Dateline: Montréal, June 3, 2016
Attended by fleets of courtiers, wizards, philosophers, physicians, trainers and court advisors, more than 200 young violinists applied to the 2016 running of the Montréal International Violin Competition (CMIM).
Of the 24 who were accepted, based strictly on the undoctored recordings of live performances, six made it to the final round where each played a concerto with the Montréal Symphony (OSM) conducted by Giancarlo Guerrero. I made my predictions here.
It turned out that I was right on two scores. But I missed the big winner.
Ayana Tsuji, 18 years old, who has been playing the violin since she was three, pretty much swept the boards:
First Prize of $30,000
The André-Bachand Canadian Music Award $4,000
The Best Semifinal Recital Award $2,500
The Best Performance of a Sonata in a Semifinal Round $2,000
The Bach and Paganini Awards, $1,000 each
Bonsori Kim won the Second Prize of $15,000, and the Radio-Canada People's Choice Award and $5,000. Minami Yoshida won Third and $10,000. The three who fell out of the top three, Petteri Iivonen, Fedor Rudin and Ji Won Song, won $2,000 each.
At 7:30, the winners were made known to the public for the first time, announced by a succession of dignitaries, and cheered on by a nearly full house that was warm with enthusiasm, affection and appreciation - and, of course, love for the music and for the young violinists.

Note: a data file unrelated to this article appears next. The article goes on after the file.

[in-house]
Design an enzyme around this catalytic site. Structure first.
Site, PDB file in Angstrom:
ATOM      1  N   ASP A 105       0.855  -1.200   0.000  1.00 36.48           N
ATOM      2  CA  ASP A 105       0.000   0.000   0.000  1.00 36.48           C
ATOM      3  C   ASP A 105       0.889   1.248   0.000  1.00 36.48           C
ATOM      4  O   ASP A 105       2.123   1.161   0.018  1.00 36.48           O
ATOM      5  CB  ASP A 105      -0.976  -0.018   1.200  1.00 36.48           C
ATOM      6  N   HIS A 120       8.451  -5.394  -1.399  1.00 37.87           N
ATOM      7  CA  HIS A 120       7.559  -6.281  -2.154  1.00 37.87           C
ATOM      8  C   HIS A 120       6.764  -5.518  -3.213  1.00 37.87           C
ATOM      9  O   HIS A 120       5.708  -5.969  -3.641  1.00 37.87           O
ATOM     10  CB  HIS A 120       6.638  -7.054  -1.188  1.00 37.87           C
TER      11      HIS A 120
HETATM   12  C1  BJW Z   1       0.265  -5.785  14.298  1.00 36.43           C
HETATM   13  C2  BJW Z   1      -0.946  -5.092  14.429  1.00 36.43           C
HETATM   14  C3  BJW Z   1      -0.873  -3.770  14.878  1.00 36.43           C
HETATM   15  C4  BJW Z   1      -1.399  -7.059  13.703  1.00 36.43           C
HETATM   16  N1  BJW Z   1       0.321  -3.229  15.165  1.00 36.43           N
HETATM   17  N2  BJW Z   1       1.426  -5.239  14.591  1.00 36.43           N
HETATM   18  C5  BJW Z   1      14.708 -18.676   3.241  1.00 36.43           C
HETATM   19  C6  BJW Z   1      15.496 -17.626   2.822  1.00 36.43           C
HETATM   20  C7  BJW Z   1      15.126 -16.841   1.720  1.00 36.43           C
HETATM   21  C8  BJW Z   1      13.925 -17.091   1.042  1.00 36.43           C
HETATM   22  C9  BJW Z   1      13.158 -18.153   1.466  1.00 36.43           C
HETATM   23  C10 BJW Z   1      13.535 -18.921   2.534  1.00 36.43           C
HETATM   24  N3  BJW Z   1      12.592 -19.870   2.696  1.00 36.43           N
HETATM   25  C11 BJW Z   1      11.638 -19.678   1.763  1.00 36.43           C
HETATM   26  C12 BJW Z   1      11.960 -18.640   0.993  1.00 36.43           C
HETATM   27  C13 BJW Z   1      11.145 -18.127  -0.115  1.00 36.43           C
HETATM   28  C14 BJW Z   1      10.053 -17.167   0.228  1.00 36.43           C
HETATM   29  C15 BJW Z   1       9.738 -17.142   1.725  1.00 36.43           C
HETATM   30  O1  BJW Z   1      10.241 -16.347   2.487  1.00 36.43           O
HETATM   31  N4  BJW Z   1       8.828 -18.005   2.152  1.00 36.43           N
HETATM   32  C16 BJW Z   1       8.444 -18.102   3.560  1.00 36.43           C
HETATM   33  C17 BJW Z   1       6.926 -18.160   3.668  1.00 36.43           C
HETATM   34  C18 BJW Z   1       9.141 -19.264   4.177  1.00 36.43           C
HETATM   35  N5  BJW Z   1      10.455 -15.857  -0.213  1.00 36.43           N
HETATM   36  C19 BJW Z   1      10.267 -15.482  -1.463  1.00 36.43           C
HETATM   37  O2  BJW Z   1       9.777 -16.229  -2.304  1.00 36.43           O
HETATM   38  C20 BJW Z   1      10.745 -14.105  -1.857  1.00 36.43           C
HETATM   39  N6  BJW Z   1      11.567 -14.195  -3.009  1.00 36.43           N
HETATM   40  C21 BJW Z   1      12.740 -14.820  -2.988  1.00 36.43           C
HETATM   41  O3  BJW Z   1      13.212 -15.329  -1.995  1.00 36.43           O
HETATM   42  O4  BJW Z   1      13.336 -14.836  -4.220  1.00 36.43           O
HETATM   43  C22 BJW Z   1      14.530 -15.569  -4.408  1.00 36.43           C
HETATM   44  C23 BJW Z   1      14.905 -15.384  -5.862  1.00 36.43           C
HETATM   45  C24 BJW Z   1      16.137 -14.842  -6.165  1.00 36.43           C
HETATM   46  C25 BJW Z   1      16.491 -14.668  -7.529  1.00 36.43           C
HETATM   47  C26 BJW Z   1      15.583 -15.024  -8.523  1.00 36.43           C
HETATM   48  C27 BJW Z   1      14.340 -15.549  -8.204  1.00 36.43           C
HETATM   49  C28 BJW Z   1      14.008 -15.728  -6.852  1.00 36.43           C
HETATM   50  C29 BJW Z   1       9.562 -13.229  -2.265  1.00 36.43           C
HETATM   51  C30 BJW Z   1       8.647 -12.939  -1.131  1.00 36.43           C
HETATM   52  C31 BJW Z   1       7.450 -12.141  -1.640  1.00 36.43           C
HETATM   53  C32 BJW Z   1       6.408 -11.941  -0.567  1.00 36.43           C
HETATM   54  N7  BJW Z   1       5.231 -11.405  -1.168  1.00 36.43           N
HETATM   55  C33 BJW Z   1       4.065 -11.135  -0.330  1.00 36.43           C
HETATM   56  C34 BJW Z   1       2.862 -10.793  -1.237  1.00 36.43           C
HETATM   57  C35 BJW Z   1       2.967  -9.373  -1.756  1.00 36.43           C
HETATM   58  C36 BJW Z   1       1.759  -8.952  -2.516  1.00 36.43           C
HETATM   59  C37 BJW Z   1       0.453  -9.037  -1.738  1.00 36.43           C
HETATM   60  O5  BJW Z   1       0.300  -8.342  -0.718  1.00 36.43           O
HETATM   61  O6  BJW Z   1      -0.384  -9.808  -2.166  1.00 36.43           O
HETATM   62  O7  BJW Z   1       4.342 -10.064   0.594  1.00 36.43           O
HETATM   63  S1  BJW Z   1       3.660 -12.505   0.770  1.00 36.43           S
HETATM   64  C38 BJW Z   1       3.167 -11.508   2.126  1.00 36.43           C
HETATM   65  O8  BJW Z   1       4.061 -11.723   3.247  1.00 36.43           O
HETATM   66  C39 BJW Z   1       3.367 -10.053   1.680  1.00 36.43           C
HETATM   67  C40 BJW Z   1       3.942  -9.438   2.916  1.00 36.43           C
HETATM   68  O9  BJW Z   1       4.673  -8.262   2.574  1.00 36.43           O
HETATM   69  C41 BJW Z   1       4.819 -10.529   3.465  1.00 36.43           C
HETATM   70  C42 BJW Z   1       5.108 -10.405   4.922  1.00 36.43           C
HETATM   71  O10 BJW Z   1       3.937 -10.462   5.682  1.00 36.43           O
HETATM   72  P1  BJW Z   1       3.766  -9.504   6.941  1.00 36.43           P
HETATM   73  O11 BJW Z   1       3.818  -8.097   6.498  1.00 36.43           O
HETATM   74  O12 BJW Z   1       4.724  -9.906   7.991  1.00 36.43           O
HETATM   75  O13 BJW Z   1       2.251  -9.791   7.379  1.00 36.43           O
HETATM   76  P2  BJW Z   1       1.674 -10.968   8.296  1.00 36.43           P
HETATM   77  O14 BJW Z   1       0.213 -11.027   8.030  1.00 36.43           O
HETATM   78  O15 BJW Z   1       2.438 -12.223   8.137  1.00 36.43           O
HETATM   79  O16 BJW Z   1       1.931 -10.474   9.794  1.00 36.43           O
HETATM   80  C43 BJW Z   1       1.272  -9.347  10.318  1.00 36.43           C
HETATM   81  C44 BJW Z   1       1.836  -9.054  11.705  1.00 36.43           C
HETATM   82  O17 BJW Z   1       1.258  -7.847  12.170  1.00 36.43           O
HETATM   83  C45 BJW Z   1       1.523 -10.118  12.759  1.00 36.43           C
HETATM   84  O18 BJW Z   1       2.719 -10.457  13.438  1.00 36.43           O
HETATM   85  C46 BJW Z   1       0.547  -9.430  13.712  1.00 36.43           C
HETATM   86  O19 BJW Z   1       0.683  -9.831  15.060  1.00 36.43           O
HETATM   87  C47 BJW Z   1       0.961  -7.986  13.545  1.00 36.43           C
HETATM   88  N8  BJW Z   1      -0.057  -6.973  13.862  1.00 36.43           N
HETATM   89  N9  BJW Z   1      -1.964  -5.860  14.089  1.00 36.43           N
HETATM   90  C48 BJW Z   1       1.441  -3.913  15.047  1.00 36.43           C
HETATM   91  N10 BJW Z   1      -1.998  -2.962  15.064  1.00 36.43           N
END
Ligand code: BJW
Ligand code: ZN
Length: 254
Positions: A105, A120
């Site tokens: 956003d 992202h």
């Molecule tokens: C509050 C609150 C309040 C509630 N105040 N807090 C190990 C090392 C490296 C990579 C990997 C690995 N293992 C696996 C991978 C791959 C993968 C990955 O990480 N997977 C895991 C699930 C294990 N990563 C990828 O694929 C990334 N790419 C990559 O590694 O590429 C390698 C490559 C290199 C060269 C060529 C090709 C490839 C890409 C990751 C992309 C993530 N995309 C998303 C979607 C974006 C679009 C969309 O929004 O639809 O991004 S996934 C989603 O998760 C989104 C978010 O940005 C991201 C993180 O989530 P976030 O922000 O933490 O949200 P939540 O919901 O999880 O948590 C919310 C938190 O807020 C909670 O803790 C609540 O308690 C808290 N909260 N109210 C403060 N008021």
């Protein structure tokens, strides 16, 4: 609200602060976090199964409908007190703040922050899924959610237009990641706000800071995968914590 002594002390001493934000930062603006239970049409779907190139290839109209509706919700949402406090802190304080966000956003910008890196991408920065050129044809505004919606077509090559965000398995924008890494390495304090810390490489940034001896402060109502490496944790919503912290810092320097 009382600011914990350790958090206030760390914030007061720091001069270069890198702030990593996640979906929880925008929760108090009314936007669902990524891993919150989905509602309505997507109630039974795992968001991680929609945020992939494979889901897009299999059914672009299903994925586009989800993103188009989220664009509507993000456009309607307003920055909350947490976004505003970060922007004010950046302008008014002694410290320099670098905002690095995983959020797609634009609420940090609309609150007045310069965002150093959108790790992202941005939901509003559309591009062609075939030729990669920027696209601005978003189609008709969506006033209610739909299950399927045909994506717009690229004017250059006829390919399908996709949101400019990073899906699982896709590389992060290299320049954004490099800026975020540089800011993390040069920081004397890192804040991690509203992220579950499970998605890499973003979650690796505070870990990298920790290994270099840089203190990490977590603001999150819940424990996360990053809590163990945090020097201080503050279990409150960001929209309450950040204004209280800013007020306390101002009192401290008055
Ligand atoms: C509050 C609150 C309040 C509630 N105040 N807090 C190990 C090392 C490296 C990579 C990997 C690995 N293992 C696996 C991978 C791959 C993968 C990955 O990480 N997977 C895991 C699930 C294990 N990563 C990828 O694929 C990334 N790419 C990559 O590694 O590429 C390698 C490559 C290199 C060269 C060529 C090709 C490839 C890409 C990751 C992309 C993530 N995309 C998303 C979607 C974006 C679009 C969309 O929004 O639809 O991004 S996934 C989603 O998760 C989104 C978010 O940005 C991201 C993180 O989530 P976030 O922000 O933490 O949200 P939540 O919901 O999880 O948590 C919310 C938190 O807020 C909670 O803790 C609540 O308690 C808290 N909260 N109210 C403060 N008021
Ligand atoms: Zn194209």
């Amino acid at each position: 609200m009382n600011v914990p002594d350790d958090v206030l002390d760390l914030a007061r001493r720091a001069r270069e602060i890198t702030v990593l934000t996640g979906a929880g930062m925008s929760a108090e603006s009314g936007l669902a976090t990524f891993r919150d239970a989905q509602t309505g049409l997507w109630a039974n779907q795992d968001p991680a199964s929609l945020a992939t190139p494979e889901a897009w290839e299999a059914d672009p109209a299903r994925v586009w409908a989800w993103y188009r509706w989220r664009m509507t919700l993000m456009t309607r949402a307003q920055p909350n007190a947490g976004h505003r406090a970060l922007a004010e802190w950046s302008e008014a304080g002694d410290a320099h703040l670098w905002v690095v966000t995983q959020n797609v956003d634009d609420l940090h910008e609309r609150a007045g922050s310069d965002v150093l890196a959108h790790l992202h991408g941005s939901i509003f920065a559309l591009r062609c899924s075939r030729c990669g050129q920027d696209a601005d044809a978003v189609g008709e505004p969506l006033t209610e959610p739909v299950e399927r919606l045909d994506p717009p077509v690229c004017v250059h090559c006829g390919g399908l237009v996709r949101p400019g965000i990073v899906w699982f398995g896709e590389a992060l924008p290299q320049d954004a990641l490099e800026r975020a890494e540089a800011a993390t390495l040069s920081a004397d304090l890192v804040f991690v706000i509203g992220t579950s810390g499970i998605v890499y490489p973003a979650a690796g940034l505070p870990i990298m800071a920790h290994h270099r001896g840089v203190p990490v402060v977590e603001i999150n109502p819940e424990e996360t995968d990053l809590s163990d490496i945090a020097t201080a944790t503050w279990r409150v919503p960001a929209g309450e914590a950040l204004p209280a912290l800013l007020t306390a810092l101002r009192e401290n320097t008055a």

The Gala Concert, with the OSM at full cast, got going full blast with Dvorak's Carnival Overture, after which Yoshida played one movement of Sibelius, Kim played two of Shostakovich #1, and Tsuji played all three of Sibelius. But not before Marc Bouchkov, CMIM 2013 First Prize winner and a great Concours favorite, made a surprise appearance and played John Williams's theme from Schindler's List. That's the way Galas are.
Good news: The 2016 Gala, and all the Competition rounds, are available on demand on CMIM's YouTube channel. The finals and gala concert are also available on demand for free for 3 months on medici.tv, whose multiple camera crews roved stealthily around the OSM in a classical music choreography all their own.